June 23rd, 2013 Headsman
June 23, alas, was the end of the line for Jesuit Thomas Garnet, martyred on that date in 1608 for Catholic proselytizing in England.
Thomas, too — then about 30 years old — was arrested during this same backlash, and put to torture for evidence against uncle Henry. Thomas had been exercising his covert ministry in England since 1599, after slipping English custody once before.
As a result of the Gunpowder Plot hubbub, Thomas Garnet was among 47 Catholic clerics shipped across the English Channel to Flanders in July 1606, where they were warned that they faced execution should they ever again be caught in England.
Thomas Garnet returned, of course. He was betrayed within weeks by another priest named Rouse — whom Garnet publicly forgave while being drawn, hanged, and quartered on this date in 1608. (His faith was treasonable because he refused to swear an oath of allegiance demanded of Catholics post-5.11.)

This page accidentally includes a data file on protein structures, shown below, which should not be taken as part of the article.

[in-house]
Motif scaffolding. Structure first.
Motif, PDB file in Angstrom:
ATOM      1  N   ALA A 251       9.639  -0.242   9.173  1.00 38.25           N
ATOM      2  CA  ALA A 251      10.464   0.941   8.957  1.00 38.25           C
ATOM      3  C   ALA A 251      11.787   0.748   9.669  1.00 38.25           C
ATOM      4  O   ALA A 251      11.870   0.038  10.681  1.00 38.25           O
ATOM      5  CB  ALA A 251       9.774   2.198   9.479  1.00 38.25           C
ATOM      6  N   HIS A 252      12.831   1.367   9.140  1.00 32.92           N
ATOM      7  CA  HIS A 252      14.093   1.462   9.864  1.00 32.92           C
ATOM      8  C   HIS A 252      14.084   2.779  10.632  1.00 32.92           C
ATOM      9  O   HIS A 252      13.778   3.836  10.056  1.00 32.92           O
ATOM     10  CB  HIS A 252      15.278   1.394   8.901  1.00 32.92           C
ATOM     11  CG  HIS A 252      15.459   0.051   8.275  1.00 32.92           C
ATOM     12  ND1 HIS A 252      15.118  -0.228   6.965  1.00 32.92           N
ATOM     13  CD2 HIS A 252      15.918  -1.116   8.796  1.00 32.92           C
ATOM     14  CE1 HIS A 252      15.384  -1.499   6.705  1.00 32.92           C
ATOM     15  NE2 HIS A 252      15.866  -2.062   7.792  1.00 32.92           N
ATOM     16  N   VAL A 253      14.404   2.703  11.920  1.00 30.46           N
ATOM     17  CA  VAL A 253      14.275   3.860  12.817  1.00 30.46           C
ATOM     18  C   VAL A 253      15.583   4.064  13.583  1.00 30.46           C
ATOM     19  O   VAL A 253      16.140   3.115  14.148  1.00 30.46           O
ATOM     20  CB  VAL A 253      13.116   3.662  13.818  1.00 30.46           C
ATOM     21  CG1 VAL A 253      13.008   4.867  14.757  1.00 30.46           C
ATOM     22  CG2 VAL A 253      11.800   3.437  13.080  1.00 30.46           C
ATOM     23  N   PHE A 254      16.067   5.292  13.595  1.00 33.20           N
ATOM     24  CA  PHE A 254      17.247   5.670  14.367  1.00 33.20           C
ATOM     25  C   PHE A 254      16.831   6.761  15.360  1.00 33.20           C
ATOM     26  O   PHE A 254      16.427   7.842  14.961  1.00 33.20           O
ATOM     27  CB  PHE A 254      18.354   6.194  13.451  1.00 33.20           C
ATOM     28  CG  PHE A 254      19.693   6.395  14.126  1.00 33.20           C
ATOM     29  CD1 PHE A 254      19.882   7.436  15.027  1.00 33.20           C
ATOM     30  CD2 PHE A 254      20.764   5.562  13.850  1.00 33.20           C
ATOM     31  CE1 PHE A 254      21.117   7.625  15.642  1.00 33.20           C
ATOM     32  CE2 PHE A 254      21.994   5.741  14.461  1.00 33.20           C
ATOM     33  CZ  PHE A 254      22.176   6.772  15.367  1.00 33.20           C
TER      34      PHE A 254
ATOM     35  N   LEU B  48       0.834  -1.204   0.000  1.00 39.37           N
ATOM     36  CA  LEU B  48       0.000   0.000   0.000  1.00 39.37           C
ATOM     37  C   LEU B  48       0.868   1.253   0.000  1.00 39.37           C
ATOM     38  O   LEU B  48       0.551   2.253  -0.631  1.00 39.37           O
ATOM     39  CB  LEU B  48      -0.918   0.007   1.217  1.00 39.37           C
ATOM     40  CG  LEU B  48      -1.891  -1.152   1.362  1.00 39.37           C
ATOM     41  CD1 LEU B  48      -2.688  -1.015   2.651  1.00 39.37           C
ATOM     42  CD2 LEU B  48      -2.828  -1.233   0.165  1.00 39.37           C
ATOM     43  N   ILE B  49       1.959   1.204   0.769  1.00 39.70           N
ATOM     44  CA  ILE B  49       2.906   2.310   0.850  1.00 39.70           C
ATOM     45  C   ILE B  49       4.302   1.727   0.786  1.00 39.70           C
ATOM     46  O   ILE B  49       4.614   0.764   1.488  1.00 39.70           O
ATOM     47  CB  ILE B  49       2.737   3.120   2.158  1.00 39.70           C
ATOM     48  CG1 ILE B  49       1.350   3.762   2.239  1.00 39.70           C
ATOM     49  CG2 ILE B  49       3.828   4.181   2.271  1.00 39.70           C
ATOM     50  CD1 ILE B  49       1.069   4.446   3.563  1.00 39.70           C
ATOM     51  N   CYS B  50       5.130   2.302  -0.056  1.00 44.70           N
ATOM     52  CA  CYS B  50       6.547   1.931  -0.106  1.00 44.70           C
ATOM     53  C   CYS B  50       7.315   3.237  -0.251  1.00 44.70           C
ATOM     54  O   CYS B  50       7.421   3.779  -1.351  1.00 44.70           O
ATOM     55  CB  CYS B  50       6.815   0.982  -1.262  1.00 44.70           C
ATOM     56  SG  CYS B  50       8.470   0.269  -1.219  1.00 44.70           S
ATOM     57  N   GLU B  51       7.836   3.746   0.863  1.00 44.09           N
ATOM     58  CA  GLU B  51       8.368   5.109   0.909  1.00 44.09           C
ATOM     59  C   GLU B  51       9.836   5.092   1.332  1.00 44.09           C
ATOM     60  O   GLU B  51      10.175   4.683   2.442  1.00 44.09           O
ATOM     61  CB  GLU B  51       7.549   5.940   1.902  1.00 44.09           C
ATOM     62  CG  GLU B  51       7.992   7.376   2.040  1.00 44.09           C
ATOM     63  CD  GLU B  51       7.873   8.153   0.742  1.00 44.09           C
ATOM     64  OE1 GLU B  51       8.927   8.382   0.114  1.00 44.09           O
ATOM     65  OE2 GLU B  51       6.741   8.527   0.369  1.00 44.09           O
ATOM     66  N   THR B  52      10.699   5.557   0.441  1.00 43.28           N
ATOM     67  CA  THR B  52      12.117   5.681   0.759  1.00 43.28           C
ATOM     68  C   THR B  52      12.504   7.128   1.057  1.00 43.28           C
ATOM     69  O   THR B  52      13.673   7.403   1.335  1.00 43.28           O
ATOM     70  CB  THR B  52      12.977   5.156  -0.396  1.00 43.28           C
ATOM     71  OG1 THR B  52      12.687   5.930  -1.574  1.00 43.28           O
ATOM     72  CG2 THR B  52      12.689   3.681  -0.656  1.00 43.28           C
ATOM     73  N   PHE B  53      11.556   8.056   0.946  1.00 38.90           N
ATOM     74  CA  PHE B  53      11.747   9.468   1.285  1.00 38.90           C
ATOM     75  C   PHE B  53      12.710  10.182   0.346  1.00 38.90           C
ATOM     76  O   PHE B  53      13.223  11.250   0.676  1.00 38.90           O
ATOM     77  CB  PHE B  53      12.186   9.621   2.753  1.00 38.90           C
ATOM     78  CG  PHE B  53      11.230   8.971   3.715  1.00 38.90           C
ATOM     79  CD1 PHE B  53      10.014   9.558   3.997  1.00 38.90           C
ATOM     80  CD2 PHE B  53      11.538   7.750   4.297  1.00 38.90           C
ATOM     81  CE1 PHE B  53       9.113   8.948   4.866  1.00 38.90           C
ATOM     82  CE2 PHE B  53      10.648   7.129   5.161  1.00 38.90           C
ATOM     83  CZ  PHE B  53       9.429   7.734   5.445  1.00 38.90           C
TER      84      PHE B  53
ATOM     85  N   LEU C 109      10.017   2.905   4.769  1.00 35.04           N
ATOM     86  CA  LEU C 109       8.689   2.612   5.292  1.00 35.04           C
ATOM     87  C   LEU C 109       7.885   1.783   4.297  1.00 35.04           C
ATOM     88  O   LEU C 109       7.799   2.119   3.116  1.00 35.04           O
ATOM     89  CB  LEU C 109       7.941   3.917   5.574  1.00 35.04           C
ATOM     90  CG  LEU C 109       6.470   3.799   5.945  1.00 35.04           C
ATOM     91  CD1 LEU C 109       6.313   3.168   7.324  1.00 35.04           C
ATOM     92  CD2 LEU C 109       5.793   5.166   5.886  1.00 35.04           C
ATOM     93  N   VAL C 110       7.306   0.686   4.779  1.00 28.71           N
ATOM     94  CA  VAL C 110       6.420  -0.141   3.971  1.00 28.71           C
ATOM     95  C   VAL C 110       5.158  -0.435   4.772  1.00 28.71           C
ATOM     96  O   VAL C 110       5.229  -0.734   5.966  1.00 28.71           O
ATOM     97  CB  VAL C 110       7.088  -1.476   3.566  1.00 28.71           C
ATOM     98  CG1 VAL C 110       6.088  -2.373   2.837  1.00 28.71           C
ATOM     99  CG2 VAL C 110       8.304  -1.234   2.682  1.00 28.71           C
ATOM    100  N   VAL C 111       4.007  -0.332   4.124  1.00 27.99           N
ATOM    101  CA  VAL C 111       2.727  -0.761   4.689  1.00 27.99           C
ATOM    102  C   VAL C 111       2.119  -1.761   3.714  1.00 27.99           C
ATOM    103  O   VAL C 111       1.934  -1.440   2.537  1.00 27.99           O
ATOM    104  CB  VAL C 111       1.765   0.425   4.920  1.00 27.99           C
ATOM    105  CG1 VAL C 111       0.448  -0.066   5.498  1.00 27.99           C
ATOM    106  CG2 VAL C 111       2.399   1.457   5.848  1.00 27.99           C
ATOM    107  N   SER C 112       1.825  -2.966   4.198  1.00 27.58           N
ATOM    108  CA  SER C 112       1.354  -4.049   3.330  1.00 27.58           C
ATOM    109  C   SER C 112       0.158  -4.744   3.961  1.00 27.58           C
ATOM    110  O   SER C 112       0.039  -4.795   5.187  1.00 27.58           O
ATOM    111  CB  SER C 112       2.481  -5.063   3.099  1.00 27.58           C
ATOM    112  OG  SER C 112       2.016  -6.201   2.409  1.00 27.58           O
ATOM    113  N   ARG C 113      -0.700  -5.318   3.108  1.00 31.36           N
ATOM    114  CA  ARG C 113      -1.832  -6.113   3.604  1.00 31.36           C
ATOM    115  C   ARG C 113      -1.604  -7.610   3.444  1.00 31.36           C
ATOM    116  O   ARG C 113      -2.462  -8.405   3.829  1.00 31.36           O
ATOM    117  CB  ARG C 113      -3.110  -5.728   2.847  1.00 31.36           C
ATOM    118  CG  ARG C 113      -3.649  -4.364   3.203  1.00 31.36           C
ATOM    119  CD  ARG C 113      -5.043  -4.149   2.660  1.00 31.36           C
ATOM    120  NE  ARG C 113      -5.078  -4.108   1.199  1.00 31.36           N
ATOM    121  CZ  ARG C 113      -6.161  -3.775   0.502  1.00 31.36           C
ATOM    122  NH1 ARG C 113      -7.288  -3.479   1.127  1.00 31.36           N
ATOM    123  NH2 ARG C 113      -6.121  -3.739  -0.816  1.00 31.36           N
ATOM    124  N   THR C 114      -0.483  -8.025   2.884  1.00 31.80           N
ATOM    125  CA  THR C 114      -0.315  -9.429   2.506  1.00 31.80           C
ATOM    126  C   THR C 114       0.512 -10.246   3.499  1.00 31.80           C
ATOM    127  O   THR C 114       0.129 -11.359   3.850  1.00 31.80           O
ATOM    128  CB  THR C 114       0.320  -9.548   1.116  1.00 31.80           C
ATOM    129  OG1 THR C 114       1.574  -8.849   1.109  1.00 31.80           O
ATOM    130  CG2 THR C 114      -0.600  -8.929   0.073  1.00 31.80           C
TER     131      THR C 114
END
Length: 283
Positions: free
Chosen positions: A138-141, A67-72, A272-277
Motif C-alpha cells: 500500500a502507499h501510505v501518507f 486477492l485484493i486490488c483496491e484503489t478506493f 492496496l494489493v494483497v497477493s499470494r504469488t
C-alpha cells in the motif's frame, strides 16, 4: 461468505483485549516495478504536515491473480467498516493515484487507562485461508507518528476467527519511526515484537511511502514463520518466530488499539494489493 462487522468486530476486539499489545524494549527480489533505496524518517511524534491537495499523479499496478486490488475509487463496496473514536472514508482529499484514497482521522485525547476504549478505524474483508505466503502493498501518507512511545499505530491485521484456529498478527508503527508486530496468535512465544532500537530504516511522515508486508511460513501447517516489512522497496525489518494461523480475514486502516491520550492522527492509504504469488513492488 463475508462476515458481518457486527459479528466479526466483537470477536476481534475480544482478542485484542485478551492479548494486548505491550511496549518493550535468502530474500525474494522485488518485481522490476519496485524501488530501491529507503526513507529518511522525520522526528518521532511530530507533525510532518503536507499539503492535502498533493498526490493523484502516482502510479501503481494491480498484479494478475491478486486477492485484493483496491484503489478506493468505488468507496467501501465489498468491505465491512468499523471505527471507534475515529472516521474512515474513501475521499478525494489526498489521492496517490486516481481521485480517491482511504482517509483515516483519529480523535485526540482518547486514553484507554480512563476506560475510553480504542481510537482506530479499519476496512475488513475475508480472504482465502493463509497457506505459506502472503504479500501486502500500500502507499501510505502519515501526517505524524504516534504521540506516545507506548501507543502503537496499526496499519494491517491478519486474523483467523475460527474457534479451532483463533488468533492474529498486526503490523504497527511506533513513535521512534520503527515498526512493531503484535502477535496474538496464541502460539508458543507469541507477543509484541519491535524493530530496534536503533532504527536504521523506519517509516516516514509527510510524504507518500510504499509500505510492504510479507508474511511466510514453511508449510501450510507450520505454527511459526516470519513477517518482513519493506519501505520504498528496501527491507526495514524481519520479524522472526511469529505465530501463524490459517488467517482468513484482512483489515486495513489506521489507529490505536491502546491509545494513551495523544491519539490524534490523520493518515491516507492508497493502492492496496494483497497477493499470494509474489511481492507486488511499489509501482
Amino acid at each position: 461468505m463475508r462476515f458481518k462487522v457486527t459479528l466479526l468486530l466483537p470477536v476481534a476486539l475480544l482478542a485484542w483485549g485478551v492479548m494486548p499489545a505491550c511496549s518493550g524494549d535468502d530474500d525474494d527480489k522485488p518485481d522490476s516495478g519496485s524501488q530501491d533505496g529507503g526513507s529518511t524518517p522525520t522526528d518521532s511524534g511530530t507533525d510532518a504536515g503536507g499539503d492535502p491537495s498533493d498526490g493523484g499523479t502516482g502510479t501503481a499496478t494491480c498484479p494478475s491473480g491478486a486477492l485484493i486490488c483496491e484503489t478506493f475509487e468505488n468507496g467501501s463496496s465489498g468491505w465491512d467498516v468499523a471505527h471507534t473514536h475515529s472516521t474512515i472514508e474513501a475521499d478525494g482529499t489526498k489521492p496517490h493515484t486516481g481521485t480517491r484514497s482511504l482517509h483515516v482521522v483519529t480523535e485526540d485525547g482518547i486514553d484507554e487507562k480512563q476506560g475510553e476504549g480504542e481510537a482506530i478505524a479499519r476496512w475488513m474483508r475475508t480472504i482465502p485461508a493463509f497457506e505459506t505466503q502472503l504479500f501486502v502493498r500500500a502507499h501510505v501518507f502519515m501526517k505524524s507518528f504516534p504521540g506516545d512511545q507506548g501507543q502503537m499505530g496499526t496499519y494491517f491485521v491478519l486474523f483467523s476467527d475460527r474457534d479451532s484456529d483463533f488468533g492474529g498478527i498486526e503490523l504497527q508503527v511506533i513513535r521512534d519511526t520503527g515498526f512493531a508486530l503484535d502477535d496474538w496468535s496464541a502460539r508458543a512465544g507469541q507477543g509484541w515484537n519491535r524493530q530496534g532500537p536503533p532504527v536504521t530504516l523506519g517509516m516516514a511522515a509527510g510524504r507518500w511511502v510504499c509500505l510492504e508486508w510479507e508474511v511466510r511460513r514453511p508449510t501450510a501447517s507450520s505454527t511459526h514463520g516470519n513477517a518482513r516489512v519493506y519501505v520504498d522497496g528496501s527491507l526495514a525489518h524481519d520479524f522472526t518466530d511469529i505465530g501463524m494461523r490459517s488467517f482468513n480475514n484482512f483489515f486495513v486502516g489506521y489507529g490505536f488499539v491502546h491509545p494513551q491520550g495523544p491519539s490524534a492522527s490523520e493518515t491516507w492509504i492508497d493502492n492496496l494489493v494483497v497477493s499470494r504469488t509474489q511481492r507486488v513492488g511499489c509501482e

Garnet’s remains were translated back to his Catholic school on the continent. In more tolerant times, long after Garnet’s death, this English Jesuit school finally had liberty to relocate back to England proper. While Garnet’s relics were destroyed in the French Revolution, he remains the protomartyr (the first martyr associated with a place) of the venerable Stonyhurst College, now in Lancashire.
Also on this date
- 1977: Jerome Carrein, the second-last in France
- 1954: George Robertson, the last hanged in Edinburgh
- 1786: David Nelson, but not William Horbord
- 1989: Sean Patrick Flanagan, self-hating gay man
- 1592: Roger Ashton
- Unspecified Year: Justine Moritz, Frankenstein family servant
Entry Filed under: 17th Century,Capital Punishment,Death Penalty,Disfavored Minorities,Drawn and Quartered,England,Execution,God,Gruesome Methods,History,Martyrs,Public Executions,Religious Figures,Torture